When Karachi Metropolitan Corporation’s senior director of municipal services Dr Shaukat Zaman leaves his house, he looks impeccable. But by the evening his plain dress shirt and shining black boots are covered in dust and speckled in sewerage.
As the official overseeing the cleaning of storm water drains before the monsoons start, Zaman can’t avoid getting down and dirty. He has to literally stay on the edge of the sewers to get the job done, and is relying on divine intervention.
“I have my fingers crossed,” he told The Express Tribune as he supervised work on the Manzoor Colony Nullah. “If the downpour is normal then we will be fine. But if it is a bit too much then God help us!”
‘The mother of all drains’
The storm water drains are not meant to carry sewage. But they have turned into conduits and the increase in the slums built on the banks of these drains has made matters worse.
Cleaning them is not easy. At some places, the drains are covered with sludge that is two feet thick. From plastic bags to furniture, everything seems to have been dumped there. Karachi Metropolitan Corporation (KMC) officials call Manzoor Colony Nullah the ‘mother of all drains.’
“It carries sewage from Mehmoodabad, Manzoor Colony and even from PECHS,” Zaman said. “The load is immense.” Almost all of the 13 big and over 250 small storm water drains have been encroached upon. All the drains meet the Lyari and Malir rivers, which take the waste water to the sea.
The 13.5 kilometre long Gujjar Nullah starts from North Karachi and snakes through congested areas before meeting Lyari River at Liaquatabad. “At some places it’s 70 feet wide and at some just five feet. There is nothing we can do about this,” said Zaman.
The encroachments which started off as slums have turned into katchi abadis with proper land leases, becoming a politically contentious issue, officials say.
Anti Encroachment director Abdul Malik bemoans the lack of police support. “We try to remove them and we have succeeded. But constant support of law enforcement agencies is very important.”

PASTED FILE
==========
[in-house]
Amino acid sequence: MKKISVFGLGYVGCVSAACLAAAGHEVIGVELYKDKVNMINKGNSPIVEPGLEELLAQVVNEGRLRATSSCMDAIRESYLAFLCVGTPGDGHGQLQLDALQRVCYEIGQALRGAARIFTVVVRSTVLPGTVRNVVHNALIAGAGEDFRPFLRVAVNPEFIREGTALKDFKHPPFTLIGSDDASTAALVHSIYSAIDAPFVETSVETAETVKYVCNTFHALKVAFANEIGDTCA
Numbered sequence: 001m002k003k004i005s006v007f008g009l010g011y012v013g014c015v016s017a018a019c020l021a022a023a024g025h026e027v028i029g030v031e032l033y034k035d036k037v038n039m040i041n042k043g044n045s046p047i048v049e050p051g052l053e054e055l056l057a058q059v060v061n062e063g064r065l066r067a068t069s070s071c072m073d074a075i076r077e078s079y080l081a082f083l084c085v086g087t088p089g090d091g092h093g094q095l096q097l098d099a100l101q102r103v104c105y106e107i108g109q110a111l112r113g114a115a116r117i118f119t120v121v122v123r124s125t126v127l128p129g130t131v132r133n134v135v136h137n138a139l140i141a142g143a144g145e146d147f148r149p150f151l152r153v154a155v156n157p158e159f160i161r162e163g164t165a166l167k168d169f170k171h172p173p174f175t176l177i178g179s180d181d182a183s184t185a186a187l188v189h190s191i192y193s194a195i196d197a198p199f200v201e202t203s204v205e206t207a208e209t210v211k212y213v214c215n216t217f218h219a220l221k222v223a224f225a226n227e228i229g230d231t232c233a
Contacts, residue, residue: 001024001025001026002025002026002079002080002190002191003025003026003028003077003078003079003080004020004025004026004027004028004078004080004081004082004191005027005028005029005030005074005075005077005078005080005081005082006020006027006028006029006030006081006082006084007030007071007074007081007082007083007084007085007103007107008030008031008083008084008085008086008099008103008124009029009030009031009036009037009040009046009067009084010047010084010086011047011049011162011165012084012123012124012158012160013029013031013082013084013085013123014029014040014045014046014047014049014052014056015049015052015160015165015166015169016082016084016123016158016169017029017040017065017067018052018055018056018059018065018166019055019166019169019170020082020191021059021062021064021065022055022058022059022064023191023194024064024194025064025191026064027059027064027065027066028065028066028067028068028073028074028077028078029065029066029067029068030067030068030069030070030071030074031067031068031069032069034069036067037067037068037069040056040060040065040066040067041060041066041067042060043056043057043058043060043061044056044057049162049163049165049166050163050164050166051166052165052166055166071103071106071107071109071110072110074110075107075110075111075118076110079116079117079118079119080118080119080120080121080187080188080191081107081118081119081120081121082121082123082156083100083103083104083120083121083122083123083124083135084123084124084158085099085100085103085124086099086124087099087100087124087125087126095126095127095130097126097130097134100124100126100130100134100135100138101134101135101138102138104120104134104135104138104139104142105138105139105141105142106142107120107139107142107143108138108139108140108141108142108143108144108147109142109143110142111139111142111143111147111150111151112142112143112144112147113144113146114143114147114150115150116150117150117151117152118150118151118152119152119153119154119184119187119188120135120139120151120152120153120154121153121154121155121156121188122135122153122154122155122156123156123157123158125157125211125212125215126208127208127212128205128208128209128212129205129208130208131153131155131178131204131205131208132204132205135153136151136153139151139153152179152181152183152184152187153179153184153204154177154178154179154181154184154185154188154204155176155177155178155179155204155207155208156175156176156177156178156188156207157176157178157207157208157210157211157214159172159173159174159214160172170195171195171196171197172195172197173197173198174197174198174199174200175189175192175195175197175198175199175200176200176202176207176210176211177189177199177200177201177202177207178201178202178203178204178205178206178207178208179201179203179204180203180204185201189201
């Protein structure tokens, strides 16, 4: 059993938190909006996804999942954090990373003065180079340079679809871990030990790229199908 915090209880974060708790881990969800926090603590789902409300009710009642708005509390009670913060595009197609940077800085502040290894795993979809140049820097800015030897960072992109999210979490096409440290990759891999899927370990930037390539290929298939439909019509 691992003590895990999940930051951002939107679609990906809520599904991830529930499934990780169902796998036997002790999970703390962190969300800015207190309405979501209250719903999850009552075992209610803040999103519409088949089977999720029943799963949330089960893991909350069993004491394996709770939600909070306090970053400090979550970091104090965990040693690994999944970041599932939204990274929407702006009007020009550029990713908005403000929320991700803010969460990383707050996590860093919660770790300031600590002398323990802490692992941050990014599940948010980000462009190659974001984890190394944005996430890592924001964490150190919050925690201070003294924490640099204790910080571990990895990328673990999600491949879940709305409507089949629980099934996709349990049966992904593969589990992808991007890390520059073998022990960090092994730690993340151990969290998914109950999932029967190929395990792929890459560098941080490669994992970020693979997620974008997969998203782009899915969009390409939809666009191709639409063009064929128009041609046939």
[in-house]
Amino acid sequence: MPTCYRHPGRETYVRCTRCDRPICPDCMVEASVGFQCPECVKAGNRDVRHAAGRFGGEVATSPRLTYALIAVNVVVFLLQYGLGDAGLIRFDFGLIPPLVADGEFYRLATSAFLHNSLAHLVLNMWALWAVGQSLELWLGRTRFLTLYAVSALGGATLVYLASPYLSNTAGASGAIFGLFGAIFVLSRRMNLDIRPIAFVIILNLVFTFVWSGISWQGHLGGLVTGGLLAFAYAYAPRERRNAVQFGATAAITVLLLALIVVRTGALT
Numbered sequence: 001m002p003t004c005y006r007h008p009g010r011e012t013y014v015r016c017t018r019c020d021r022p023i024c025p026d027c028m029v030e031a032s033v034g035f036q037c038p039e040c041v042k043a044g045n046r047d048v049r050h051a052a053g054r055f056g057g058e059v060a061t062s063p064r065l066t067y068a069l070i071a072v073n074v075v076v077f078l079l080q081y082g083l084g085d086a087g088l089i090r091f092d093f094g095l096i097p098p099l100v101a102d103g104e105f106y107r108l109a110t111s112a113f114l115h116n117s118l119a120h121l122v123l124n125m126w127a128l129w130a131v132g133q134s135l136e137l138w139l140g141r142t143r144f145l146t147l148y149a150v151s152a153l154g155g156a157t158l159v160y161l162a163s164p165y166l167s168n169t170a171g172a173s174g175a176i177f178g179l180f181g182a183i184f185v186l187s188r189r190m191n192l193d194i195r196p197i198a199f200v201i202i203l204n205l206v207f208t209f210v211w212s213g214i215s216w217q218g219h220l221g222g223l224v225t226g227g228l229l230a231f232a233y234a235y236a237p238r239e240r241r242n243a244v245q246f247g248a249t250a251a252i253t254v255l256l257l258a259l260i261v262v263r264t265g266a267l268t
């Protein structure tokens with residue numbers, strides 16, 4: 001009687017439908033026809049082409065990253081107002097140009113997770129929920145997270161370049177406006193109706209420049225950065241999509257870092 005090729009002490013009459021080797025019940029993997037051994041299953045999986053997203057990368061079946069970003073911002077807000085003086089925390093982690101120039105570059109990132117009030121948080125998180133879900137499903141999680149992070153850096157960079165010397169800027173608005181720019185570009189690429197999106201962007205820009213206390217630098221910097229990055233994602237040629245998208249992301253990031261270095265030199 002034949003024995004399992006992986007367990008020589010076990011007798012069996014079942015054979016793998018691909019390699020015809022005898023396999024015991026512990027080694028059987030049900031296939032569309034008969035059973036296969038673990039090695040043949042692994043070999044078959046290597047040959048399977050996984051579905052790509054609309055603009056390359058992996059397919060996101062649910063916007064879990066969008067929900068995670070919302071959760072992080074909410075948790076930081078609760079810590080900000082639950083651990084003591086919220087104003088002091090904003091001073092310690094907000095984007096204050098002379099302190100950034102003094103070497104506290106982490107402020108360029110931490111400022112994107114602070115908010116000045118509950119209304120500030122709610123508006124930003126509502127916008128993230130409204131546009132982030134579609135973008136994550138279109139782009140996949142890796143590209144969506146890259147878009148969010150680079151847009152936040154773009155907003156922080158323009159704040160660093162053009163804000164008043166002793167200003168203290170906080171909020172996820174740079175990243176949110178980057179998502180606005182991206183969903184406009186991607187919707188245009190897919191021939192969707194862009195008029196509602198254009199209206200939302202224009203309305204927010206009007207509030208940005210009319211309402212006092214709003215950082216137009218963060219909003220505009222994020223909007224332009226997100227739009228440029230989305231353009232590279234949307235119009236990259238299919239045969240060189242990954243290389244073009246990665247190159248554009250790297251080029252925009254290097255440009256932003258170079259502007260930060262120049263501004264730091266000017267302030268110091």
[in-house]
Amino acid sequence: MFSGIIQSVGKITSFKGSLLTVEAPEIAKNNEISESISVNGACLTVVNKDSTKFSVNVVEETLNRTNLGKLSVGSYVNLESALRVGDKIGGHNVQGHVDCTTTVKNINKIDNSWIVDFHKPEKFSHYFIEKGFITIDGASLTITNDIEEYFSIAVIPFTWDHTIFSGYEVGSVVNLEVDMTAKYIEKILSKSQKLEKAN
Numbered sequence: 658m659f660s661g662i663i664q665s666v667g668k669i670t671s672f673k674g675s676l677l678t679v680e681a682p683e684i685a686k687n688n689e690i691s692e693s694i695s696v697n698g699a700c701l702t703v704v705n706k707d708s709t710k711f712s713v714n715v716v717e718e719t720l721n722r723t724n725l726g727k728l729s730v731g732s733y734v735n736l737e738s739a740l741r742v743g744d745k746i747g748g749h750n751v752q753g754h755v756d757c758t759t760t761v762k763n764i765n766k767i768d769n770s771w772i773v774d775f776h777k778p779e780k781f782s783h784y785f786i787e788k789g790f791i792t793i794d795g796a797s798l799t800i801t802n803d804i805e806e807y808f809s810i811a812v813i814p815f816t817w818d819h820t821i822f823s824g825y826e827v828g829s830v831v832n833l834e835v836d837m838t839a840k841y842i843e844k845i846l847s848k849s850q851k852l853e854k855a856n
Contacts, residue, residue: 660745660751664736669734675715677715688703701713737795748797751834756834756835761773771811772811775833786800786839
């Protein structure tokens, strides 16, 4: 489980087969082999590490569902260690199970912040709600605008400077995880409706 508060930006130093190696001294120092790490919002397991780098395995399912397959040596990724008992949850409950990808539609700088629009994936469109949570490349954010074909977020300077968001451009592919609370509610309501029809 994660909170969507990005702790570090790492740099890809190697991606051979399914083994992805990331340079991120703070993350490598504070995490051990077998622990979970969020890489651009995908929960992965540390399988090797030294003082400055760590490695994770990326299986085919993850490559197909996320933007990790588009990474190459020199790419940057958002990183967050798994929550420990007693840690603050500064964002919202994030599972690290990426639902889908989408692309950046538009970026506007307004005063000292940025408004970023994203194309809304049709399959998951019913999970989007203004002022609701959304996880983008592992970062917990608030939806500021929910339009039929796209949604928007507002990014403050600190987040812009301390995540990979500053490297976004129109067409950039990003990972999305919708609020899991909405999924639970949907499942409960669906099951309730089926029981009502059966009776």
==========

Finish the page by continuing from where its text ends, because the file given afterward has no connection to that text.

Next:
Houses and shops built on banks of the nullahs that have been categorised as katchi abadis pose a challenge, he said. “Meetings have been held on the issue, and even the Sindh Governor has taken it up. Let’s see what happens.” The government has acted against illegal construction in the past.
Thousands of slum dwellers had occupied both sides of Lyari River. Children used to drown every year. Based on a relocation scheme, they were resettled to Taiser Town, Baldia and Hawkes Bay, but the government has not released a single rupee for maintaining the resettled areas.
Town Planner Tasneem Ahmed Siddiqui says it is not just the poor who are encroachers. “The entire Gulshan-e-Faisal locality in Bath Island is over a drain. Municipal authorities have allowed many of these encroachments.”
Breakdown of the sewerage system
Poverty coupled with an increase in population and intercity migration might have forced people to set up residences alongside drains but the problem also reflects the breakdown of Karachi’s sewerage system.
On paper, sewage is carried from a house to the lane from where a collection channel takes it to the sewerage treatment plant. In reality most of the toilet waste just finds its way into the storm water drains. Hundreds of thousands of people live in the cantonment board areas. A senior Karachi Water and Sewerage Board official said that all sewerage from these areas is dumped into the drains.
“They don’t have any system to take their sewerage anywhere else,” he said. This problem, he says, needs billions of rupees to fix.
“The only solution is to build new conduits for taking sewage to the Lyari or Malir rivers.” But Shaukat Zaman doesn’t have the time or billions of rupees. His men are working double shifts to unclog drains.
“Take a look at the encroachments. There is Urdu Bazaar, government buildings and the parking plot of Fyzee Rahamin auditorium all built on the Soldier Bazaar Nullah. How do we remove them?” It’s a question many have provided answers to, but there’s no one to implement them.
Published in The Express Tribune, July 10th, 2012.
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